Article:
The low velocity zone (Fig. 2.16) is characterized by low seismic velocities, high seismic attenuation, and a high electrical conductivity. The seismic effects are more pronounced for S waves than for P waves. The low seismic velocities could arise from a number of different mechanisms, including an anomalously high temperature, a phase change, a compositional change, the presence of open cracks or fissures, and partial melting. All but the latter appear to be unlikely, and it is generally accepted that the lower seismic velocities arise because of the presence of molten material. That melting is likely to occur in this region is supported by the fact that it is at this level that mantle material most closely approaches its melting point (Section 2.12, Fig. 2.36).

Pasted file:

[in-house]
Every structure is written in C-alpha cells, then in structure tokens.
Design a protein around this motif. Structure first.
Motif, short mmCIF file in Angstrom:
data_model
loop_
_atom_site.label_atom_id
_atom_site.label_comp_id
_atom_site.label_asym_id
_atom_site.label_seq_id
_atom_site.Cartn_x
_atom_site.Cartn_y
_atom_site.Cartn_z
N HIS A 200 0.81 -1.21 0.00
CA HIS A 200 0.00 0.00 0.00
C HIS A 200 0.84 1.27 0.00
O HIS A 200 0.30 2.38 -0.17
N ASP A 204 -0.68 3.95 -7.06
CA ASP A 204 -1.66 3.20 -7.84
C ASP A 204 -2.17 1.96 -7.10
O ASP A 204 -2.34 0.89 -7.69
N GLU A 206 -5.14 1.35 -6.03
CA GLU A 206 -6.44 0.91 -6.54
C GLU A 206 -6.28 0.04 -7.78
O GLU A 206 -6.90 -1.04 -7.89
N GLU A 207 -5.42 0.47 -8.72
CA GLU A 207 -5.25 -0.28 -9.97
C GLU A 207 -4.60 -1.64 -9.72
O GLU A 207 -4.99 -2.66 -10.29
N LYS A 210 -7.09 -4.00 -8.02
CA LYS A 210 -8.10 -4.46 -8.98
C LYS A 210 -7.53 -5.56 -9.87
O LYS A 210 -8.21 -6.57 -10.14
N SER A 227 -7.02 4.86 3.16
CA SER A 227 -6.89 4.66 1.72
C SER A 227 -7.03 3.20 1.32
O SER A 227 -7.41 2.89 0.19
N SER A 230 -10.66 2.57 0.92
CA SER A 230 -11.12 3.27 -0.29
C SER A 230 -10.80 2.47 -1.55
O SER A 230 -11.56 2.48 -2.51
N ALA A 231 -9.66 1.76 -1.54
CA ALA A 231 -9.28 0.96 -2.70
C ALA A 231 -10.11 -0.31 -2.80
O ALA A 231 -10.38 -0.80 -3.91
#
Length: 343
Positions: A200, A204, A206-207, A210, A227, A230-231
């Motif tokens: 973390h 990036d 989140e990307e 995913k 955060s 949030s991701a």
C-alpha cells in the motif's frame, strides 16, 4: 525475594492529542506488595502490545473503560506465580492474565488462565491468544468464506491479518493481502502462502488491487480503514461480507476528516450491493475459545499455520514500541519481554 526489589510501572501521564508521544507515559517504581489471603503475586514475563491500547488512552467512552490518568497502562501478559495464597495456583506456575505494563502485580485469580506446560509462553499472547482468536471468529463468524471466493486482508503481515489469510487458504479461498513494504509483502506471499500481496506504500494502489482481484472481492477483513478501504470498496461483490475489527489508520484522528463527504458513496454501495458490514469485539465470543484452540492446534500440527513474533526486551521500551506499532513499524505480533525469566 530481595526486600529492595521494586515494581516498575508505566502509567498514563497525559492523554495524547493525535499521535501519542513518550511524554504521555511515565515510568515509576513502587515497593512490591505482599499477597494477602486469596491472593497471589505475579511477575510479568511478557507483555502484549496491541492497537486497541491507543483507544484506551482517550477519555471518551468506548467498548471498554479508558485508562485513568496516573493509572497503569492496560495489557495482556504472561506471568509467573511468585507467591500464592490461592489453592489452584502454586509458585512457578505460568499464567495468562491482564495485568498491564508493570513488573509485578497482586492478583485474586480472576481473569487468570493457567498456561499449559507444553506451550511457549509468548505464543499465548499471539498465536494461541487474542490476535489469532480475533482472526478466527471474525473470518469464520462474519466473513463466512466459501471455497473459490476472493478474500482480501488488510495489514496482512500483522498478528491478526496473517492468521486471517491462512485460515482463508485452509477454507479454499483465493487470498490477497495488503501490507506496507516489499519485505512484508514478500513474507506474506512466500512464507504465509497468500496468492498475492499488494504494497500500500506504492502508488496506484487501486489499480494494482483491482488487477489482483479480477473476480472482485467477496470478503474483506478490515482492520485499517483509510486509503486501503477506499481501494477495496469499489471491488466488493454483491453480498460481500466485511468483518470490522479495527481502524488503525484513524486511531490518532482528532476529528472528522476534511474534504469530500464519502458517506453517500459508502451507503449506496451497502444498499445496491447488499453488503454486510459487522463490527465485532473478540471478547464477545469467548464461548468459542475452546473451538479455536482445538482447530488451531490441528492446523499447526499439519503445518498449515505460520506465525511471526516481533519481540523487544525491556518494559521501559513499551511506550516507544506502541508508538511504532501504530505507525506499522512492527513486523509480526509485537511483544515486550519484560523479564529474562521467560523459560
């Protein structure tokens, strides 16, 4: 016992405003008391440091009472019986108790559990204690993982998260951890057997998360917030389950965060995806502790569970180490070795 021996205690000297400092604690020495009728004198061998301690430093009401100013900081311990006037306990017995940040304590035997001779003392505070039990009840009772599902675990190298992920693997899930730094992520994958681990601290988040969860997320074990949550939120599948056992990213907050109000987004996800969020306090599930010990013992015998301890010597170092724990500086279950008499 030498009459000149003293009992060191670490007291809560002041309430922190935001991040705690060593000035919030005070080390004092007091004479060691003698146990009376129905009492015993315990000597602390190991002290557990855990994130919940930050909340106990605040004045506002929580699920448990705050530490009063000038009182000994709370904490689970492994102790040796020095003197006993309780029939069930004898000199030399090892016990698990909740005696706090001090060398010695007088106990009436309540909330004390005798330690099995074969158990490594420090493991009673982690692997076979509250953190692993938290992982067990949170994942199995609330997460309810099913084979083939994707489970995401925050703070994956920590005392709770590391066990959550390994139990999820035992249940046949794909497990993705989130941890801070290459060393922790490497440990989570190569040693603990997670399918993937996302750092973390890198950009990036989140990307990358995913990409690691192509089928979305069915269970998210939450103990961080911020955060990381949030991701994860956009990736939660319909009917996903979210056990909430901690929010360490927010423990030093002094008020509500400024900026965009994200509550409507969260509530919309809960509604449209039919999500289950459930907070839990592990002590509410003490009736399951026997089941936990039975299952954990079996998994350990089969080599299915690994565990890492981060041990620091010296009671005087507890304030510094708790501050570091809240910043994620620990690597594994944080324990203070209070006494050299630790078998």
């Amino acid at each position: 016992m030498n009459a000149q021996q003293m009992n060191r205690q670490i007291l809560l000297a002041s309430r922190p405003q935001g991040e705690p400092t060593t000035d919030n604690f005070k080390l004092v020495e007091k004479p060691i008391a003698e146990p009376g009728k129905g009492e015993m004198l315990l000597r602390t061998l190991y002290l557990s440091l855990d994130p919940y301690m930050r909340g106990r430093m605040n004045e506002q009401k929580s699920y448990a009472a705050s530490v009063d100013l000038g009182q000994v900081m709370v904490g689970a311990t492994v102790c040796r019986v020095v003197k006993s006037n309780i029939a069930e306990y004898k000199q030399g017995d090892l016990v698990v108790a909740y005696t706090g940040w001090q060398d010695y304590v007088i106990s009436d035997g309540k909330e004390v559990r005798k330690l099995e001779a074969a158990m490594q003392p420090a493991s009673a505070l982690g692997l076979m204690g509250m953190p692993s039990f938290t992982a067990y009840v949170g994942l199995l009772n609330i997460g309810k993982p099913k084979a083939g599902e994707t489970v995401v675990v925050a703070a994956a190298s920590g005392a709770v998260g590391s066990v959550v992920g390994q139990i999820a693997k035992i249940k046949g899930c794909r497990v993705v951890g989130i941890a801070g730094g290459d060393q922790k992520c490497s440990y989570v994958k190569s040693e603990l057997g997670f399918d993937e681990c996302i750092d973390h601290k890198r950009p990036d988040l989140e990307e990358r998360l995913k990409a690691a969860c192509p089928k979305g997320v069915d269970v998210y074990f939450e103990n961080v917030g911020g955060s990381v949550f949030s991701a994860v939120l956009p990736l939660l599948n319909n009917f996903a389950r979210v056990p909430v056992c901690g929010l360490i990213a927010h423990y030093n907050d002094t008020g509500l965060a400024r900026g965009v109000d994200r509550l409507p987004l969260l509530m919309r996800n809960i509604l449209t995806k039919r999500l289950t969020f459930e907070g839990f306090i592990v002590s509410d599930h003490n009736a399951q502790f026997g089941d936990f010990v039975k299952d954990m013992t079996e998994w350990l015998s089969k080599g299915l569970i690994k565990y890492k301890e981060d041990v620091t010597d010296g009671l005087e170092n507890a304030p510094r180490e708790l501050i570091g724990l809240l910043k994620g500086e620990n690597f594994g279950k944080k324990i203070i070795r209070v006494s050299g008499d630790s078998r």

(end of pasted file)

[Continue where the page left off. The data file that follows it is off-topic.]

Only a very small amount of melt is required to lower the seismic velocity of the mantle to the observed values and to provide the observed attenuation properties. A liquid fraction of less than 1% would, if distributed along a network of fissures at grain boundaries, produce these effects (O'Connell & Budiansky, 1977). The melt may also be responsible for the high electrical conductivity of this zone. For the partial melting to occur, it is probable that a small quantity of water is required to lower the silicate melting point, and that this is supplied from the breakdown of hydrous mantle phases. The base of the low velocity zone and even its existence may be controlled by the availability of water in the upper mantle (Hirth & Kohlstedt, 2003).
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